Tim Stretton. Women Waging Law in Elizabethan England.
Cambridge: Cambridge University Press, 1998. 304 pp.
Illustrations. $59.95 (cloth), ISBN 0-521-49554-7.
Reviewed by Daniel Klerman , Law School,
University of Southern California
In recent years, scholars have begun to uncover and analyze women's
role in litigation. Going beyond the rules enunciated in statutes
and cases, historians have examined women's litigation strategies,
the constraints on their actions, and the attitudes of judges,
jurors and other participants in the legal process. Gowing's work
on defamation in ecclesiastical courts  and Walker and Loengard's
work on medieval dower litigation are notable examples of this
growing literature. Tim Stretton's Women Waging Law in
Elizabethan England is a fine contribution to this body of
Despite its broad title, Stretton's book focuses on one particular
court, the Court of Requests. This court was a conciliar, equity
court which heard a large number cases in the sixteenth and early
seventeenth centuries. Most suits concerned disputes over lands and
debts. The book makes fruitful use of the secondary literature on
female litigants in other Elizabethan courts, but the primary
research underlying the book and the bulk of its content relate to
the Court of Requests. That is not, however, to downplay the
achievement of the book. The records of this court are massive, and
Stretton's thorough research and clear analysis are much to be
The most interesting part of the book is the discussion of the
informal barriers to women bringing suits. (Chapters 3 and 9)
While an impressive number of women brought actions in the Court of
Requests, they represented only about twenty percent of plaintiffs
in that court, and, in over half of these cases, they brought suit
together with their husbands. Legal rules, such as the doctrine of
coverture (which barred married women from bringing most suits
without their husbands) account for much of this
under-representation. Such legal impediments, however, are well
know. Stretton's main contribution is to document the cultural
impediments to suit. By looking at a wide array of non-legal
sources (such as plays and moral writings), Stretton shows that
women were also discouraged from litigating by the idea that a
modest women speaks little, that a chaste woman does not appear in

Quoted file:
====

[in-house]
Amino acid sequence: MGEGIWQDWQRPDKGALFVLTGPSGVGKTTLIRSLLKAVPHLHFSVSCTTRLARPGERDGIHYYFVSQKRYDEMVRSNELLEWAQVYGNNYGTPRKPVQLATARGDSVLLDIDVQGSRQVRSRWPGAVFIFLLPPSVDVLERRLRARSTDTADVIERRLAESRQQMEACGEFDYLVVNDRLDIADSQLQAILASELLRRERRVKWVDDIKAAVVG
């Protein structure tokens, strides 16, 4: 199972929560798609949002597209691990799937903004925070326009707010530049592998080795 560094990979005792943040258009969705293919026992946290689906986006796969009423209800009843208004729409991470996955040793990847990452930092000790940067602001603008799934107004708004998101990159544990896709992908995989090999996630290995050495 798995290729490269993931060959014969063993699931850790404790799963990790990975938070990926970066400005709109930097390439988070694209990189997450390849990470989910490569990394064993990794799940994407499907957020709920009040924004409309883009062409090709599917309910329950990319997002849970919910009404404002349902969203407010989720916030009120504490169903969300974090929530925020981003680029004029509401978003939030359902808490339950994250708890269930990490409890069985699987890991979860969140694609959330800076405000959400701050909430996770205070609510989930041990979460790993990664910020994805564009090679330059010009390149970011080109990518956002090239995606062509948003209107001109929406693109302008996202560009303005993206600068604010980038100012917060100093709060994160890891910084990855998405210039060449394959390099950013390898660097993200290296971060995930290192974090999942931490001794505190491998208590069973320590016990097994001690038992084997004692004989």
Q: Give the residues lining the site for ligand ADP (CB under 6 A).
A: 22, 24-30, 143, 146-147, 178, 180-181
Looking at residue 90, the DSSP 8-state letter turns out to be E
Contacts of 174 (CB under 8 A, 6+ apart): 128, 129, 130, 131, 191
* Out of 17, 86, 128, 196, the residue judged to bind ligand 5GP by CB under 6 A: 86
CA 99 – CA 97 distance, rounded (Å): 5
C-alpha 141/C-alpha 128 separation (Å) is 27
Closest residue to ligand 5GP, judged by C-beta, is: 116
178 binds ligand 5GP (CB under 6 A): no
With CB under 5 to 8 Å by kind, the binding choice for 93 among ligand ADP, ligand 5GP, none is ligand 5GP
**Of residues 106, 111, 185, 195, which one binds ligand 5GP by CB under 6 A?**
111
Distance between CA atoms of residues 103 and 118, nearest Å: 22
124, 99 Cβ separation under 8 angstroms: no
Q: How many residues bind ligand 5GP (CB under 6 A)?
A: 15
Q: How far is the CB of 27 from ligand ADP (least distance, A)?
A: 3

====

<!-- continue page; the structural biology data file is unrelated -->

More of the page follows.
public, and that a good woman is ignorant of her rights. Because of
this constellation of gender expectations, many women who could
legally bring actions did not do so. Instead, they suffered in
silence or waited until they married (or remarried), so that their
husbands could sue on their behalf.
In addition to documenting the way that cultural ideals of
femininity discouraged women's litigation, Stretton also shows the
ways in which these ideals shaped litigation itself. (Chapter 8)
All litigants in Requests (except those in service of the royal
household) had to plead their own poverty or the overwhelming power
of their adversary in order to invoke the jurisdiction of the court.
Nevertheless, women's plaints of poverty and powerlessness tended to
be much starker. Whereas pleadings by male litigants usually
suggested that their weakness was temporary and to emphasize the
superior position of the defendant, women's pleadings tended to
relate, at length, the abjectness of the plaintiff's position. To
his credit, Stretton does not take the statements in the pleadings
at face value as necessarily revealing the truth of women's
situations. In fact, in some cases it is clear that the litigant
claiming poverty actually possessed substantial wealth.
Nevertheless, Stretton shows that the differential pleading
strategies employed by men and women, even if they were not grounded
in the truth of individual circumstances, did reflect societal (and,
in particular, judicial) expectations of women and the conditions
under which they could properly call upon the courts for assistance.
While these are the most interesting parts of the book, other parts
reflect solid research and argument. Chapter 2 reviews the
historiography of women and English courts. Chapter 4 provides
helpful background on the Court of Requests. Since relatively
little has been written about this court, even scholars with
interests remote from women and gender will find this chapter of
use. Chapters 5 and 6 examine the different litigation patterns of
unmarried and married women. Chapter 6's discussion of the ability
of wives to sue abusive husbands for maintenance in the Court of
Requests is especially interesting. Chapter 7 examines suits
concerning a widow's right to a life estate in her deceased
husband's copyhold lands. These chapters occasionally employ a
plodding style which reflects the book's origins in a Ph.D. thesis.
Nevertheless, they contain much careful analysis and will be of
interest to students of legal doctrine as well as those interested
in women's history.
It is hard to say much negative about this solid and well-researched
book. At times, it would have been helpful if the author had more
carefully distinguished between what he had directly observed in the
Court of Requests records and what he had learned from secondary
sources. In Chapter 7, for example, Stretton several times refers
to the mutability of custom, but it is unclear whether he is merely
repeating the conclusions of others or whether the Court of Requests
cases provide additional support for this idea. Nevertheless, this
is a minor quibble about a fine book which will be of considerable
interest to both legal and social historians.
. Laura Gowing, Domestic Dangers: Women, Words, and Sex in Early
Modern London (Oxford: Clarendon Press, 1996).
. See, e.g., the articles in Wife & Widow in Medieval England,
ed. Sue Sheridan Walker, (Ann Arbor, University of Michigan Press,
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